Pubdate: Wed, 23 Aug 2006
Source: Asheville Citizen-Times (NC)
Copyright: 2006 Asheville Citizen-Times
Author: Jack A. Cole
Bookmark: (Decrim/Legalization)
Bookmark: (Law Enforcement Against Prohibition)


As the executive director of the world's largest organization of 
police, judges and other criminal justice professionals who oppose 
the policy of drug prohibition, I'd like to echo the smart 
conclusions of Pat Orsban in his guest commentary, "Drug war doesn't 
add up," (AC-T, Aug. 21).

Regardless of how we choose to assess the potential health benefits 
and/or risk attached to drug use, having the criminal justice system 
as the primary arm of public response is bad policy. Using police and 
the criminal courts to punish drug users leaves cops short on needed 
manpower and resources needed to deal with street level crimes 
against persons and/or property.

The cited motivation of those endorsing harsh criminal penalties for 
the possession of a short list of drugs is their potential risk to 
health and well-being. But cops are not health care professionals.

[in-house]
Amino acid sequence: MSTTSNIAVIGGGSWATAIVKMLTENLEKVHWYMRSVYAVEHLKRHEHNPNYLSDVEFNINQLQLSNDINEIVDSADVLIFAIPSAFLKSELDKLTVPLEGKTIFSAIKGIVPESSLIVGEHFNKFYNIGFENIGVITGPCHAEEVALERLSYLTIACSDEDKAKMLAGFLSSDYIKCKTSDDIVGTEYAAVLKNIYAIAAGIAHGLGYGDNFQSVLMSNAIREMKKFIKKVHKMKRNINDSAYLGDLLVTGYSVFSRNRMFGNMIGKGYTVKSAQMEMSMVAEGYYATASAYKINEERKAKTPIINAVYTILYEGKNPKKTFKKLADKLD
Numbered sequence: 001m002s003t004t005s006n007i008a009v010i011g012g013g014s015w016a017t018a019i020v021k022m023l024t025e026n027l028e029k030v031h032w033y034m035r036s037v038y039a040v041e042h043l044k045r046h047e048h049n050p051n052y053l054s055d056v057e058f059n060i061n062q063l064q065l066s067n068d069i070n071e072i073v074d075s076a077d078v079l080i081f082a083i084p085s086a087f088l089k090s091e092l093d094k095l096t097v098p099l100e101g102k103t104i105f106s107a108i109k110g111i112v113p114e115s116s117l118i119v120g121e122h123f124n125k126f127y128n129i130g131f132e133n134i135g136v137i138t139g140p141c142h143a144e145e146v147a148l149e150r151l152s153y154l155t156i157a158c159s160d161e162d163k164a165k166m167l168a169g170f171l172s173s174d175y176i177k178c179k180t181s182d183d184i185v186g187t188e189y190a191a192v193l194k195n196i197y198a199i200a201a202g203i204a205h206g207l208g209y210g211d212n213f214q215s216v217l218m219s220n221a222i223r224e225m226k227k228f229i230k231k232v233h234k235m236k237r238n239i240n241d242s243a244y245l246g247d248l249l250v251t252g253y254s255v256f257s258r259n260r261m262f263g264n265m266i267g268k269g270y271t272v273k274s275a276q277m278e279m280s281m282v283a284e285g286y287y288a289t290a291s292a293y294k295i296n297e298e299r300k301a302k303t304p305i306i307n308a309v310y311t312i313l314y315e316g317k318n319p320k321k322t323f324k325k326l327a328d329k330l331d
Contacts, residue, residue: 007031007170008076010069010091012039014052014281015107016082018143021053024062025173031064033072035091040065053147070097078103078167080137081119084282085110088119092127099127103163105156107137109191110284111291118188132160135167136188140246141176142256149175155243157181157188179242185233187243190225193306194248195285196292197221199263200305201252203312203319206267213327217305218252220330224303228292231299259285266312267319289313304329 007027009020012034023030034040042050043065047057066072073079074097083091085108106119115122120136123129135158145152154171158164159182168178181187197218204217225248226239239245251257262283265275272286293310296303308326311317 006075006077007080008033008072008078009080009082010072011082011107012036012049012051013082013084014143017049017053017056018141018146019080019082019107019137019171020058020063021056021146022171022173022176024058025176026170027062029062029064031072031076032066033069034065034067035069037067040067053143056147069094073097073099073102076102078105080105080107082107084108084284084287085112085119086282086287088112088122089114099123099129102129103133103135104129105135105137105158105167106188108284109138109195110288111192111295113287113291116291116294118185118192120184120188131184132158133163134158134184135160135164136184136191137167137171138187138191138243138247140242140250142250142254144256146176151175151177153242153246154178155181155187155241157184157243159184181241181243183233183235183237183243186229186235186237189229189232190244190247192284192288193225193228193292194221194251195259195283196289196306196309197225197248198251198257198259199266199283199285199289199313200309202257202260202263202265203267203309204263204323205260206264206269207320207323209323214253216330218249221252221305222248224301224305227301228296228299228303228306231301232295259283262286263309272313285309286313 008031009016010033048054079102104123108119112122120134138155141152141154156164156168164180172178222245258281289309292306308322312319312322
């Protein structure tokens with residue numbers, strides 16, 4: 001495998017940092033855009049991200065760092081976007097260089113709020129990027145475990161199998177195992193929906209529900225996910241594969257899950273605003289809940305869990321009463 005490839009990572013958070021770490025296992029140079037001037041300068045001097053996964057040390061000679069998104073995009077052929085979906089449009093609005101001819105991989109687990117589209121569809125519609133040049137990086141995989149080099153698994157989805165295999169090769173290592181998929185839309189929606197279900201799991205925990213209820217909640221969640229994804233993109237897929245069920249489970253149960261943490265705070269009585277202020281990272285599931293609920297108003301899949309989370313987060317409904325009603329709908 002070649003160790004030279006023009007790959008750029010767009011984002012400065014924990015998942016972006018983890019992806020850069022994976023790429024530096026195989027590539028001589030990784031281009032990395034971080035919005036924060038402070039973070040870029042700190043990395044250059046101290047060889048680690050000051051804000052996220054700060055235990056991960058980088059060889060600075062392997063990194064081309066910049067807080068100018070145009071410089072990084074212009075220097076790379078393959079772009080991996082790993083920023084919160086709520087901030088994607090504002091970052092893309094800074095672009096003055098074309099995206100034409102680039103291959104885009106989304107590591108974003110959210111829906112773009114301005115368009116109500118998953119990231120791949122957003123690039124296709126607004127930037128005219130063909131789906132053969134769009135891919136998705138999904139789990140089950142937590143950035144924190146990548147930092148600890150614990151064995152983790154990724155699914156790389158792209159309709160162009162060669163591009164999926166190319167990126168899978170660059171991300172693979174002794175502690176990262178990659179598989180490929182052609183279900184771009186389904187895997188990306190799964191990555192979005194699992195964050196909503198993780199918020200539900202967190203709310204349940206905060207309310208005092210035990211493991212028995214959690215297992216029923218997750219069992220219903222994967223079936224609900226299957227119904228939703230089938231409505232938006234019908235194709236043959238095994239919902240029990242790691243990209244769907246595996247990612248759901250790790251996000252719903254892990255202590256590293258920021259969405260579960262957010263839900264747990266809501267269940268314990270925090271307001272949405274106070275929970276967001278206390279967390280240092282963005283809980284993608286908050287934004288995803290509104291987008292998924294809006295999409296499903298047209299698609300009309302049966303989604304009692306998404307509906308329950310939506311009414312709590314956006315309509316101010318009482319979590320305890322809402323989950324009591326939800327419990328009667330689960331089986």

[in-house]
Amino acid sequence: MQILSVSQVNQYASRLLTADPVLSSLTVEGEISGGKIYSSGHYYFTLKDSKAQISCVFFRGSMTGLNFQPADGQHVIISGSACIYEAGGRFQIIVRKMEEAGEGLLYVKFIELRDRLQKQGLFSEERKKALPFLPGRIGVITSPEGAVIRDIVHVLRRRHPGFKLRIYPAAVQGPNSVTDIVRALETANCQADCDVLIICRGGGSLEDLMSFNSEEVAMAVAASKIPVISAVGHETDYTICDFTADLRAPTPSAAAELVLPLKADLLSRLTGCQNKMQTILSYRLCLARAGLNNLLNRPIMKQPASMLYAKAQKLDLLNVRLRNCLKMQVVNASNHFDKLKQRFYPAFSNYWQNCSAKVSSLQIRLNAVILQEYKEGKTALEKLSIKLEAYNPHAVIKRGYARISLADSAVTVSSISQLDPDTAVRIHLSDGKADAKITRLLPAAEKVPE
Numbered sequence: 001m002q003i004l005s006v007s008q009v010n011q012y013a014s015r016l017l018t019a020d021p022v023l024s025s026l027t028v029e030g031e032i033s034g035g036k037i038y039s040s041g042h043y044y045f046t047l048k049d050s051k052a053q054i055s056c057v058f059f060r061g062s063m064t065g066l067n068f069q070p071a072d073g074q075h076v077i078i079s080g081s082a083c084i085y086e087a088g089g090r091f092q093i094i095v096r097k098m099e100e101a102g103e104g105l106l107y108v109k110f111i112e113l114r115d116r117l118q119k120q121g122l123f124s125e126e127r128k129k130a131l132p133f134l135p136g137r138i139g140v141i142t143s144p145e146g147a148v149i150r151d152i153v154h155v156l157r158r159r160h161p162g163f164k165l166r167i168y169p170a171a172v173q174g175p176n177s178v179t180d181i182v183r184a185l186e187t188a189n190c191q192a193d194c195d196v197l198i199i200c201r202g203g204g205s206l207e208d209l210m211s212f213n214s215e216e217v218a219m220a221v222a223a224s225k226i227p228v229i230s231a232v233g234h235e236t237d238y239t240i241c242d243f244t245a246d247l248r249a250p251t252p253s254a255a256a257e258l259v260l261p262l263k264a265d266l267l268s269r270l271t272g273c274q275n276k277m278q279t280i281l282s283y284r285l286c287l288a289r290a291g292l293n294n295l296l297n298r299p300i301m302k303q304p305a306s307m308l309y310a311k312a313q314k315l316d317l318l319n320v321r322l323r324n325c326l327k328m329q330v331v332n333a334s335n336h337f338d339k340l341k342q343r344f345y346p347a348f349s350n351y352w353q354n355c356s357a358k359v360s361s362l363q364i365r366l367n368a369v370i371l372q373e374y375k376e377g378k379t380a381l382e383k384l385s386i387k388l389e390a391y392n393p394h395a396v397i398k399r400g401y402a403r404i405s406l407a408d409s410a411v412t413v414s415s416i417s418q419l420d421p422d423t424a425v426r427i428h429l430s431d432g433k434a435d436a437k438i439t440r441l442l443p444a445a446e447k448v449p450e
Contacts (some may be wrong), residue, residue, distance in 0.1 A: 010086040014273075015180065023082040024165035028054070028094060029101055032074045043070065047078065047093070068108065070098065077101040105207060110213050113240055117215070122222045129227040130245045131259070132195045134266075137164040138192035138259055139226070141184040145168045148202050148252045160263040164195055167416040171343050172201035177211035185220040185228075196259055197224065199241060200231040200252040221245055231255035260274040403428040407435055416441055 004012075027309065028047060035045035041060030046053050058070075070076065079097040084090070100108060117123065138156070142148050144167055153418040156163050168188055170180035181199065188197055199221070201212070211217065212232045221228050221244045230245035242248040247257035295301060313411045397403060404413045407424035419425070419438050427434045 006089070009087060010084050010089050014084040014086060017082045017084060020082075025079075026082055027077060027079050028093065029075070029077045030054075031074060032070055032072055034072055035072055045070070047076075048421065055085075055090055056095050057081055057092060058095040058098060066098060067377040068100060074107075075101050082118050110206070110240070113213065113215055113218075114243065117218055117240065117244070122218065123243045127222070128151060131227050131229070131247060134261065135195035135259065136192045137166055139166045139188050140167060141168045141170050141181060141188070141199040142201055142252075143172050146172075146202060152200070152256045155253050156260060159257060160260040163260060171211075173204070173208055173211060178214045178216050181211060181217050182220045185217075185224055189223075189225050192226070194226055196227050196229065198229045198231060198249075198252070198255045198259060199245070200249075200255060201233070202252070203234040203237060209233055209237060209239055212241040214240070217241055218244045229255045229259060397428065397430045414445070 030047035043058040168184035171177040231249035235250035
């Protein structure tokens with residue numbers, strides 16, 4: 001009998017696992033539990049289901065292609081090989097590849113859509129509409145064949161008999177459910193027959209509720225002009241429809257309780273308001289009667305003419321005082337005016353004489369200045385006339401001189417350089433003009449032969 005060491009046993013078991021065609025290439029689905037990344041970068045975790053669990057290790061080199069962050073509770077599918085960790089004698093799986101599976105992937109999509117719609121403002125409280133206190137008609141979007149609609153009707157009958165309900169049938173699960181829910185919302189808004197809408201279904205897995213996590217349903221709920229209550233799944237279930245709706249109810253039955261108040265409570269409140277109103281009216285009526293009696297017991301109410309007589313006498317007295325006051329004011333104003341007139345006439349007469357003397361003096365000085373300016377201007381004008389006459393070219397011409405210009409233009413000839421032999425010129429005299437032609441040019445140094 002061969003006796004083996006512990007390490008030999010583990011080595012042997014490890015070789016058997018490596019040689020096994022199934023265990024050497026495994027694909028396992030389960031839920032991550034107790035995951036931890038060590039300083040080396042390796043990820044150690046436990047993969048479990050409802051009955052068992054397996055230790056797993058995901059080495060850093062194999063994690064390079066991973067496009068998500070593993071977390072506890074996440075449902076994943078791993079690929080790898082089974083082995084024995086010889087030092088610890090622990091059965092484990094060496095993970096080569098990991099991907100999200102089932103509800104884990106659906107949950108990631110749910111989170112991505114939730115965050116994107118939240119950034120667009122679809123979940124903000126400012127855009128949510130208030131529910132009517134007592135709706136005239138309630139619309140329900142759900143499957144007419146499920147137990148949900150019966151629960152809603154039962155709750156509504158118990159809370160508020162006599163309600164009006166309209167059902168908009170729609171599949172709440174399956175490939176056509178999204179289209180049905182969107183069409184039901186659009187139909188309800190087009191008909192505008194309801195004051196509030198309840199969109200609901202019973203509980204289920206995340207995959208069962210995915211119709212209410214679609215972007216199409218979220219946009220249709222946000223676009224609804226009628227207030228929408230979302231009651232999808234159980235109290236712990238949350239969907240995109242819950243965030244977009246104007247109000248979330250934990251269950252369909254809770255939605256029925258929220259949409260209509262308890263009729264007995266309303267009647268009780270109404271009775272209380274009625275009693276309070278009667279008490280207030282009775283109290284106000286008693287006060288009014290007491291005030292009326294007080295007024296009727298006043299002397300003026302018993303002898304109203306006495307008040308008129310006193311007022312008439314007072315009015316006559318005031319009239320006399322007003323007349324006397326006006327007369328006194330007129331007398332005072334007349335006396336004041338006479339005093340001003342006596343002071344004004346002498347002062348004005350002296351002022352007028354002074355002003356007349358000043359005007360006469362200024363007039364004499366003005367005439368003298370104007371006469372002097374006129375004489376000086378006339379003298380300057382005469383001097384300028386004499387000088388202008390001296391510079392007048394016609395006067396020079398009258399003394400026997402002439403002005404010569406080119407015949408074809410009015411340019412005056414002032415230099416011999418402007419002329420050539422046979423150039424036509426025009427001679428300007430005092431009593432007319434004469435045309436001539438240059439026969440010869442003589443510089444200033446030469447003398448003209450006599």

Prison cells are not places where health care and treatment take 
place. And a lifetime criminal record with drug convictions will most 
certainly hamper the health of one's long-term future.

By all means, increase accurate education about drugs to all citizens 
and make any needed medical care more accessible to all citizens. But 
don't shackle the police with a job which should be reserved for 
health care professionals and educators.

More importantly - based on our combined decades of experience 
fighting the so-called "drug war" - it's time to legalize all drugs. 
This need is even more urgent for those viewed as dangerous drugs - 
whether alcohol, opiods, tobacco or amphetamines. It is our opinion 
that risky and dangerous substances are best distributed in 
controlled and regulated settings. Such regulation and control is 
impossible under a system of criminal prohibition.

Jack A. Cole

Medford, Mass.

Cole is the executive director of Law Enforcement Against Prohibition
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